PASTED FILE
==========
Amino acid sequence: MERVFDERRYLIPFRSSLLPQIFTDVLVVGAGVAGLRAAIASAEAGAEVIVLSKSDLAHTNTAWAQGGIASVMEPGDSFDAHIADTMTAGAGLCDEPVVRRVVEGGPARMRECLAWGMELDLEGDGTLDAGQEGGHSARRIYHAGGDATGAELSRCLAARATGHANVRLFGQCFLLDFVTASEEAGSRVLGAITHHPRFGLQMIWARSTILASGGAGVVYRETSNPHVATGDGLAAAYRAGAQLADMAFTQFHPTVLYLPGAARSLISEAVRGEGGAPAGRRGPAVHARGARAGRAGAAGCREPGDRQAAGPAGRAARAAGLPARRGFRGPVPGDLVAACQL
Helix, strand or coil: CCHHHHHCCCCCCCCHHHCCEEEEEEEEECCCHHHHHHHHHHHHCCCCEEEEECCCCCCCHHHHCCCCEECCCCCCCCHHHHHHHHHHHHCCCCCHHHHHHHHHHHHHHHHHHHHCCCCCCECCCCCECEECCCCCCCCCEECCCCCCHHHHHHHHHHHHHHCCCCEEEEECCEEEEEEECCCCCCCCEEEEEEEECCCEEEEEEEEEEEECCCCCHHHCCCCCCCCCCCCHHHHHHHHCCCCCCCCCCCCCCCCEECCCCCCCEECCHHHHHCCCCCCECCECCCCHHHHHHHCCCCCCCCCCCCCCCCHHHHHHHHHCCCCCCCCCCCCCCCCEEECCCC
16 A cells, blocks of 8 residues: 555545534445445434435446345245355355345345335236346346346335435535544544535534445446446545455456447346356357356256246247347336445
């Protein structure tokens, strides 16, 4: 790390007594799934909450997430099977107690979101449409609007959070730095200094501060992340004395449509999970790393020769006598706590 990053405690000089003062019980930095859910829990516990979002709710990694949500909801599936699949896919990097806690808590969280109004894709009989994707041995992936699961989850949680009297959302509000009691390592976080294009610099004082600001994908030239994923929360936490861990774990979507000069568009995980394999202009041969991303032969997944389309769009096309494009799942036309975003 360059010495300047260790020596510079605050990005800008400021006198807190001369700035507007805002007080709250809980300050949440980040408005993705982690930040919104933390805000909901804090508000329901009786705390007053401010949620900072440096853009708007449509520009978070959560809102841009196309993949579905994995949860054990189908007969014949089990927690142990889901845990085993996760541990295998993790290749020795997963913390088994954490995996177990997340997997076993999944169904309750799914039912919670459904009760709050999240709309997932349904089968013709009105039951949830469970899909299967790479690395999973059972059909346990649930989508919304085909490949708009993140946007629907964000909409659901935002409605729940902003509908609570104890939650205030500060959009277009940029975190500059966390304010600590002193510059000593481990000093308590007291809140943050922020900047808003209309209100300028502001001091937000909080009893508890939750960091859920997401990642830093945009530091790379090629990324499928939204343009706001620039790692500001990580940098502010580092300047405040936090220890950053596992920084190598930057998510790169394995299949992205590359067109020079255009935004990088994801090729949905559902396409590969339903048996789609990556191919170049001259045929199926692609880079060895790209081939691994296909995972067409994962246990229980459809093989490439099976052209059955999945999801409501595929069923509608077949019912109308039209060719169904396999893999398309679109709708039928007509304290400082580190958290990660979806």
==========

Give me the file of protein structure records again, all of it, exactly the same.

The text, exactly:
Amino acid sequence: MERVFDERRYLIPFRSSLLPQIFTDVLVVGAGVAGLRAAIASAEAGAEVIVLSKSDLAHTNTAWAQGGIASVMEPGDSFDAHIADTMTAGAGLCDEPVVRRVVEGGPARMRECLAWGMELDLEGDGTLDAGQEGGHSARRIYHAGGDATGAELSRCLAARATGHANVRLFGQCFLLDFVTASEEAGSRVLGAITHHPRFGLQMIWARSTILASGGAGVVYRETSNPHVATGDGLAAAYRAGAQLADMAFTQFHPTVLYLPGAARSLISEAVRGEGGAPAGRRGPAVHARGARAGRAGAAGCREPGDRQAAGPAGRAARAAGLPARRGFRGPVPGDLVAACQL
Helix, strand or coil: CCHHHHHCCCCCCCCHHHCCEEEEEEEEECCCHHHHHHHHHHHHCCCCEEEEECCCCCCCHHHHCCCCEECCCCCCCCHHHHHHHHHHHHCCCCCHHHHHHHHHHHHHHHHHHHHCCCCCCECCCCCECEECCCCCCCCCEECCCCCCHHHHHHHHHHHHHHCCCCEEEEECCEEEEEEECCCCCCCCEEEEEEEECCCEEEEEEEEEEEECCCCCHHHCCCCCCCCCCCCHHHHHHHHCCCCCCCCCCCCCCCCEECCCCCCCEECCHHHHHCCCCCCECCECCCCHHHHHHHCCCCCCCCCCCCCCCCHHHHHHHHHCCCCCCCCCCCCCCCCEEECCCC
16 A cells, blocks of 8 residues: 555545534445445434435446345245355355345345335236346346346335435535544544535534445446446545455456447346356357356256246247347336445
């Protein structure tokens, strides 16, 4: 790390007594799934909450997430099977107690979101449409609007959070730095200094501060992340004395449509999970790393020769006598706590 990053405690000089003062019980930095859910829990516990979002709710990694949500909801599936699949896919990097806690808590969280109004894709009989994707041995992936699961989850949680009297959302509000009691390592976080294009610099004082600001994908030239994923929360936490861990774990979507000069568009995980394999202009041969991303032969997944389309769009096309494009799942036309975003 360059010495300047260790020596510079605050990005800008400021006198807190001369700035507007805002007080709250809980300050949440980040408005993705982690930040919104933390805000909901804090508000329901009786705390007053401010949620900072440096853009708007449509520009978070959560809102841009196309993949579905994995949860054990189908007969014949089990927690142990889901845990085993996760541990295998993790290749020795997963913390088994954490995996177990997340997997076993999944169904309750799914039912919670459904009760709050999240709309997932349904089968013709009105039951949830469970899909299967790479690395999973059972059909346990649930989508919304085909490949708009993140946007629907964000909409659901935002409605729940902003509908609570104890939650205030500060959009277009940029975190500059966390304010600590002193510059000593481990000093308590007291809140943050922020900047808003209309209100300028502001001091937000909080009893508890939750960091859920997401990642830093945009530091790379090629990324499928939204343009706001620039790692500001990580940098502010580092300047405040936090220890950053596992920084190598930057998510790169394995299949992205590359067109020079255009935004990088994801090729949905559902396409590969339903048996789609990556191919170049001259045929199926692609880079060895790209081939691994296909995972067409994962246990229980459809093989490439099976052209059955999945999801409501595929069923509608077949019912109308039209060719169904396999893999398309679109709708039928007509304290400082580190958290990660979806």